Posted on

Labour Party Problems

Our current system is broken, in that it is essentially designed to make votes a choice between two major parties in charge of the country. In fact, this goes so far as to name the leader of the Labour party “the leader of the Opposition” – the assumption is that the Government and the Opposition are basically going to swap control of the country periodically, with no real prospect of third parties ever getting into power. In my mind, this system needs a major reform, but in the interim many people might say that the Labour party is better than the Conservatives. In one sense I agree, in another I wholly disagree. In this article I will talk about some of the problems with the Labour Party (ignoring the claims of antisemitism and focusing solely on their policies).


It is pretty clear at this point that Brexit was a mistake. We have not gained any economic benefit, nor are we expected to for decades, if at all. We have not gained any sovereignty that we didn’t already have. We have not freed up £350m a week for the NHS. In short, all the benefits of Brexit were lies touted by the likes of Boris Johnson and Jacob Rees-Mogg.

Labour Party problems include their stance on Brexit. picture of our missing star from the EU flag.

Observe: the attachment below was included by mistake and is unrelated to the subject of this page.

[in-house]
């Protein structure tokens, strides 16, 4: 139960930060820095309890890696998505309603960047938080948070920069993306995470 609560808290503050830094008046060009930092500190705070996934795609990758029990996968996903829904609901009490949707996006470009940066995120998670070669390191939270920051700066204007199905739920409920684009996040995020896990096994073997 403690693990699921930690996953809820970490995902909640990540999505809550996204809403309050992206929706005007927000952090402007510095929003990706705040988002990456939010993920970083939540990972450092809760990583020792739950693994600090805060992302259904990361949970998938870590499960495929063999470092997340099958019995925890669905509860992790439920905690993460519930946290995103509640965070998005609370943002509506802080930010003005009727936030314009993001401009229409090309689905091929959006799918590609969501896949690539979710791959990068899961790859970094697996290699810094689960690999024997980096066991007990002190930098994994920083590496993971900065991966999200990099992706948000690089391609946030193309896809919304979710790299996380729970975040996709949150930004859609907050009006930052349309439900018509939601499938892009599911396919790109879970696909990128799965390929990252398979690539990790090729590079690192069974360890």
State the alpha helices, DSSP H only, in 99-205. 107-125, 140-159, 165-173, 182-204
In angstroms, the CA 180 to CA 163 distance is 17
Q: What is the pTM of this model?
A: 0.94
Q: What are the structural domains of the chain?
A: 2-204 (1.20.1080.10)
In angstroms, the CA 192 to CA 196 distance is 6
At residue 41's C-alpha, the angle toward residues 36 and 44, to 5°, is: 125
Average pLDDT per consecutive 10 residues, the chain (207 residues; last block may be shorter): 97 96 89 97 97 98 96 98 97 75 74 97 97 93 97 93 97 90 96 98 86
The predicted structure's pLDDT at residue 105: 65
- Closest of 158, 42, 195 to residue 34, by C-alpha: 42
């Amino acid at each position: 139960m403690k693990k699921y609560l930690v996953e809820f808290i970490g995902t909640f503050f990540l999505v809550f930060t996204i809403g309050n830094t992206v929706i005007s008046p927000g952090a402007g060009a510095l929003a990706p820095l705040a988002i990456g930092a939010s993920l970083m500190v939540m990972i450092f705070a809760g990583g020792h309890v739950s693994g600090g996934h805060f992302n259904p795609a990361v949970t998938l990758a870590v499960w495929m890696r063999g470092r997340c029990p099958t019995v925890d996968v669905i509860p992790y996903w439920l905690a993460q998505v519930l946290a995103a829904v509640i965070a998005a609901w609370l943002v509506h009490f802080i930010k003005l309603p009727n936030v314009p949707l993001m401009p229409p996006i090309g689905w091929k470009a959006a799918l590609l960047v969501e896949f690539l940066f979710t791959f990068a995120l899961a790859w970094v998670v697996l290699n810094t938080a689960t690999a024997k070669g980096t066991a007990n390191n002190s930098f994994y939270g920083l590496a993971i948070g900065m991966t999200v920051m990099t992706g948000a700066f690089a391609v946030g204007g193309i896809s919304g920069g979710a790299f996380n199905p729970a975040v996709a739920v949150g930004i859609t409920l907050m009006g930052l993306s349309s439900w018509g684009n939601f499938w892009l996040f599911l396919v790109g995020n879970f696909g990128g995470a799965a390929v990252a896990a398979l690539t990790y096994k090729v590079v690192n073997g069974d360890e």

Our missing EU Star

It is vital to improve our relationship with the EU to secure our economic future and allow us to have influence over one of the largest political blocs in the world. In likelihood, this means undoing the disaster that was the 2016 referendum, whether that needs another referendum or not. I believe it is also necessary to hold the originator of these lies to account, as a lie to influence a referendum is tantamount to election-tampering.

I strongly argue that the insistence on making Brexit work is one of the major Labour Party problems, as it is a wholly unachievable goal based largely on the wishful thinking of the rabid fringes of the Tory party and backed up by lies.

Electoral Reform

A ballot box sillhouette

A ballot box

As I have previously written, a vote for Labour while they do not support a change to Proportional Representation is a deferred vote for the Conservatives. Changing the way that votes are run to a more proportional system will almost guarantee that no party ever gets to form a majority government again, and unfortunately Labour’s leadership have shown themselves unwilling to take this step. For this reason, I do not believe that they are working in the interests of the country, but instead are focusing on short-term gains for individuals at the top of the party.

In short, a major change to the way that elections are run is vital if we want to ensure that the Conservatives never get to do what they have done to the country again.

Voter ID